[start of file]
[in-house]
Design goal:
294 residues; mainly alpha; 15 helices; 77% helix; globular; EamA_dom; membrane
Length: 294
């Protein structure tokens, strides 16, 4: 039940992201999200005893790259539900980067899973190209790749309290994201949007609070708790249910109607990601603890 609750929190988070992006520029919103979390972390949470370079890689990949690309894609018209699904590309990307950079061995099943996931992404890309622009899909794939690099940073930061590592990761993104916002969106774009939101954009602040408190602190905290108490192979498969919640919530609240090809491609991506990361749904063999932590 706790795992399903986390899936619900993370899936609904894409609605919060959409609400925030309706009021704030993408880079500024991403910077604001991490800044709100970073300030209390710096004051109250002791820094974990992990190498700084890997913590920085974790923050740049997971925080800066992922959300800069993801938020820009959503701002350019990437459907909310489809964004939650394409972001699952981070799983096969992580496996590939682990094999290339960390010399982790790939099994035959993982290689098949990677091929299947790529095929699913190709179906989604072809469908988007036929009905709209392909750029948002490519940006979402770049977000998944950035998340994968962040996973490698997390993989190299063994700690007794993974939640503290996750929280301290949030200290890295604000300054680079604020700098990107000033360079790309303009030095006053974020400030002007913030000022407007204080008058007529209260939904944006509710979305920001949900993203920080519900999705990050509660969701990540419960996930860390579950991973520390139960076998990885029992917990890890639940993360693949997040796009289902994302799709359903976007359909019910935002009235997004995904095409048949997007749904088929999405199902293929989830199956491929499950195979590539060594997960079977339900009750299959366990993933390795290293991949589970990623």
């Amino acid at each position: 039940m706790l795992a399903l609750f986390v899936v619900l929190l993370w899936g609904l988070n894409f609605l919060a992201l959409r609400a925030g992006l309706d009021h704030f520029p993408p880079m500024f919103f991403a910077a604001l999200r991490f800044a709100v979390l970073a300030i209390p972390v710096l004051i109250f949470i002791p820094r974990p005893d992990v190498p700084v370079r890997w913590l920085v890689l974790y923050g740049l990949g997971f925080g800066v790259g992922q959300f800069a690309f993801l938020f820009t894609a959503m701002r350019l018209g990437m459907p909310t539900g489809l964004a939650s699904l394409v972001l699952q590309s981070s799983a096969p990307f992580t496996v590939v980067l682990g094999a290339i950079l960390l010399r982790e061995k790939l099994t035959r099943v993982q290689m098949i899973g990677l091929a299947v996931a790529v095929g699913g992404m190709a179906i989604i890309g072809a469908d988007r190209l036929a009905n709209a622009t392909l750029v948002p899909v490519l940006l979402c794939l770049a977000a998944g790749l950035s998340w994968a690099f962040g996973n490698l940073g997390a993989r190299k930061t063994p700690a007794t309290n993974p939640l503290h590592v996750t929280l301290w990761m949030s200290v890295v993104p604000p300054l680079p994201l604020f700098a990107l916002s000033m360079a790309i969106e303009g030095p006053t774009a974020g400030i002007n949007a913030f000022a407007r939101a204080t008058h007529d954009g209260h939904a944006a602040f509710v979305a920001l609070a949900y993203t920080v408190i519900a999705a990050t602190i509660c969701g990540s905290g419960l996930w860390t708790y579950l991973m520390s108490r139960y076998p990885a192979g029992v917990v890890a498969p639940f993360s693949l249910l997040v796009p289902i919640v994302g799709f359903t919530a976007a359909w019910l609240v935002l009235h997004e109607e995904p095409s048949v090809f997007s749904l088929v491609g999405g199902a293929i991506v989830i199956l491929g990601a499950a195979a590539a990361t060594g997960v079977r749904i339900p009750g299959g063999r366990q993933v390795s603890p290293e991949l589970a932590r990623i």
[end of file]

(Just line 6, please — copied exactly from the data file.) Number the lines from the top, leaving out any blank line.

């Amino acid at each position: 039940m706790l795992a399903l609750f986390v899936v619900l929190l993370w899936g609904l988070n894409f609605l919060a992201l959409r609400a925030g992006l309706d009021h704030f520029p993408p880079m500024f919103f991403a910077a604001l999200r991490f800044a709100v979390l970073a300030i209390p972390v710096l004051i109250f949470i002791p820094r974990p005893d992990v190498p700084v370079r890997w913590l920085v890689l974790y923050g740049l990949g997971f925080g800066v790259g992922q959300f800069a690309f993801l938020f820009t894609a959503m701002r350019l018209g990437m459907p909310t539900g489809l964004a939650s699904l394409v972001l699952q590309s981070s799983a096969p990307f992580t496996v590939v980067l682990g094999a290339i950079l960390l010399r982790e061995k790939l099994t035959r099943v993982q290689m098949i899973g990677l091929a299947v996931a790529v095929g699913g992404m190709a179906i989604i890309g072809a469908d988007r190209l036929a009905n709209a622009t392909l750029v948002p899909v490519l940006l979402c794939l770049a977000a998944g790749l950035s998340w994968a690099f962040g996973n490698l940073g997390a993989r190299k930061t063994p700690a007794t309290n993974p939640l503290h590592v996750t929280l301290w990761m949030s200290v890295v993104p604000p300054l680079p994201l604020f700098a990107l916002s000033m360079a790309i969106e303009g030095p006053t774009a974020g400030i002007n949007a913030f000022a407007r939101a204080t008058h007529d954009g209260h939904a944006a602040f509710v979305a920001l609070a949900y993203t920080v408190i519900a999705a990050t602190i509660c969701g990540s905290g419960l996930w860390t708790y579950l991973m520390s108490r139960y076998p990885a192979g029992v917990v890890a498969p639940f993360s693949l249910l997040v796009p289902i919640v994302g799709f359903t919530a976007a359909w019910l609240v935002l009235h997004e109607e995904p095409s048949v090809f997007s749904l088929v491609g999405g199902a293929i991506v989830i199956l491929g990601a499950a195979a590539a990361t060594g997960v079977r749904i339900p009750g299959g063999r366990q993933v390795s603890p290293e991949l589970a932590r990623i």